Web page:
NUJ calls for a campaign for a properly funded S4C as UK government cuts £7m from the Welsh-language broadcaster
5 April 2018
The NUJ's Welsh executive council has raised serious concerns about the UK government's decision to end its funding for the Welsh language S4C, with its income having to come from the licence fee within four years.
It has put forward a motion to the union's Delegate Meeting this month calling for a campaign with politicians, broadcasters and civic groups to secure "a vibrant and properly resourced S4C, funded and managed in Wales, and overseen by the Welsh Government and Assembly".
Following a review of the broadcaster by Euryn Ogwen Williams, S4C's former director of programmes, Culture Secretary Matt Hancock said he would be accepting its recommendations, including the creation of a new unitary board comprising executive and non-executive directors, greater freedom to generate commercial revenue, new duties on its reach to Welsh speakers and an updating of its public service remit to include digital and online services and remove current geographical broadcasting restrictions. He said: "I expect S4C to take immediate action to reprioritise existing resources and allocate new funding to take forward the reforms recommended in this review, particularly on improving its digital and commercial arms."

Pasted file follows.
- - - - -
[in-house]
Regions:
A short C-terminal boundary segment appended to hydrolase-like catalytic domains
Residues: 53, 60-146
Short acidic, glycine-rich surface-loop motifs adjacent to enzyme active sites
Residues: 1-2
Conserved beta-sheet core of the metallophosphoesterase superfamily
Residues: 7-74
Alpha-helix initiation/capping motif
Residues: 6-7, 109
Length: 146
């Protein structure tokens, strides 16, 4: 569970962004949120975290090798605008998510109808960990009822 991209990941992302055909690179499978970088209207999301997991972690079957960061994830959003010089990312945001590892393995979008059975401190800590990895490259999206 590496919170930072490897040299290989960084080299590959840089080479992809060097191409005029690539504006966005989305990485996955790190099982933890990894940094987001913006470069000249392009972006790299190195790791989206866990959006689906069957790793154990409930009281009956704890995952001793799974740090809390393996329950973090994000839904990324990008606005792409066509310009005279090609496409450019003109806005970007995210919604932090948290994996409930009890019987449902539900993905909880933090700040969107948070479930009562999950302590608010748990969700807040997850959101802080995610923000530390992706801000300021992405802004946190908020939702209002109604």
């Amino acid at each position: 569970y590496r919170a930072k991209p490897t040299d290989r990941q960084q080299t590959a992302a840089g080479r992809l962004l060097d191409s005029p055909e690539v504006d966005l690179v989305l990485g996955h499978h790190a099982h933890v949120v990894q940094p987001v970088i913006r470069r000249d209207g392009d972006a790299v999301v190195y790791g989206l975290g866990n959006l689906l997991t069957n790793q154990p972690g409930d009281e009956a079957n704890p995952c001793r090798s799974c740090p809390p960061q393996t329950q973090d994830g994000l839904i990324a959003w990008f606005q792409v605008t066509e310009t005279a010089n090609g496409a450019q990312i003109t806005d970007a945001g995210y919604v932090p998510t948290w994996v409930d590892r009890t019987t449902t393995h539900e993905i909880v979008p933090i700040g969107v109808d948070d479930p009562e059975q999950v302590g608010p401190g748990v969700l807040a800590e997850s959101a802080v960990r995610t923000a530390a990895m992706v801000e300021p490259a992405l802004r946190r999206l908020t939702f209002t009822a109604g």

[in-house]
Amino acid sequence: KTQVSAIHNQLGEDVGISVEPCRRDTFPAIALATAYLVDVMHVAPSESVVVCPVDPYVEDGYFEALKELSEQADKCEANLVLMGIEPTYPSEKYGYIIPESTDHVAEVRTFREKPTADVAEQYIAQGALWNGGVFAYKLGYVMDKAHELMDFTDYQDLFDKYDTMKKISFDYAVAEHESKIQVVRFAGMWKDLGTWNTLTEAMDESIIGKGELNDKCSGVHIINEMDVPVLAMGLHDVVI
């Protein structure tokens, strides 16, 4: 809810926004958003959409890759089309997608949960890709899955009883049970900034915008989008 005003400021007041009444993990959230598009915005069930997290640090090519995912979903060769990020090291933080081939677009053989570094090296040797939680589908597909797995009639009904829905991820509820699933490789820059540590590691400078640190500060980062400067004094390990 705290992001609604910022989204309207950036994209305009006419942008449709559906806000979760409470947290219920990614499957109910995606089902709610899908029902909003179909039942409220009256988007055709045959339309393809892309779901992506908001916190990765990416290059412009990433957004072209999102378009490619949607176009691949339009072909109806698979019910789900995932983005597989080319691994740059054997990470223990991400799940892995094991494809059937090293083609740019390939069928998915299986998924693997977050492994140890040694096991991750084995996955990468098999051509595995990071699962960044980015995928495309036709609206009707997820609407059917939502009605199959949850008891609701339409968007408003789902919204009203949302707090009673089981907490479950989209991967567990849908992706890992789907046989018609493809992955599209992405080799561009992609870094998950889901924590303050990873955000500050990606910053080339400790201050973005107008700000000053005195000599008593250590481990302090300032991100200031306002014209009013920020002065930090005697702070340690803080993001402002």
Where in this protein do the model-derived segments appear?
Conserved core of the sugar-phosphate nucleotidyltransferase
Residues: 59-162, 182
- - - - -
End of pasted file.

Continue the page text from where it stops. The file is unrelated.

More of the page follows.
The station received 8 per cent (£6.672m) of its £84m budget from the UK government. Huw Jones, S4C chair, said he welcomed "the government's wish to secure S4C's funding stability for the long term".
Ken Smith, chair of the Welsh Executive Council (WEC), said:
“The National Union of Journalists is very concerned about future funding for both S4C and BBC Wales, given the Westminster government’s announcement that nearly £7 million will be lost from the Welsh-language broadcaster’s budget by 2022. The idea that this move will usher in a period of 'certainty and stability' for S4C and BBC Wales is doubtful in the extreme.
We want politicians and broadcasters in Wales to join with us to campaign for a vibrant and properly resourced S4C, funded and managed in Wales, and overseen by the Welsh Government and Assembly. The further cut in S4C’s budget comes on top of nearly £20 million’s worth in the past decade and BBC Wales has had substantial cuts in jobs and provision in the same period. So we do not see how this move can result in stronger public-sector broadcasting in Wales at a time when it is so badly needed."
Séamus Dooley, NUJ assistant secretary, said:
"I share the deep concerns of our WEC. This development is very worrying and cannot be dressed up as ‘good news’ for Wales. The NUJ demands proper funding for S4C and we will work with community groups and civic society to secure proper resources.”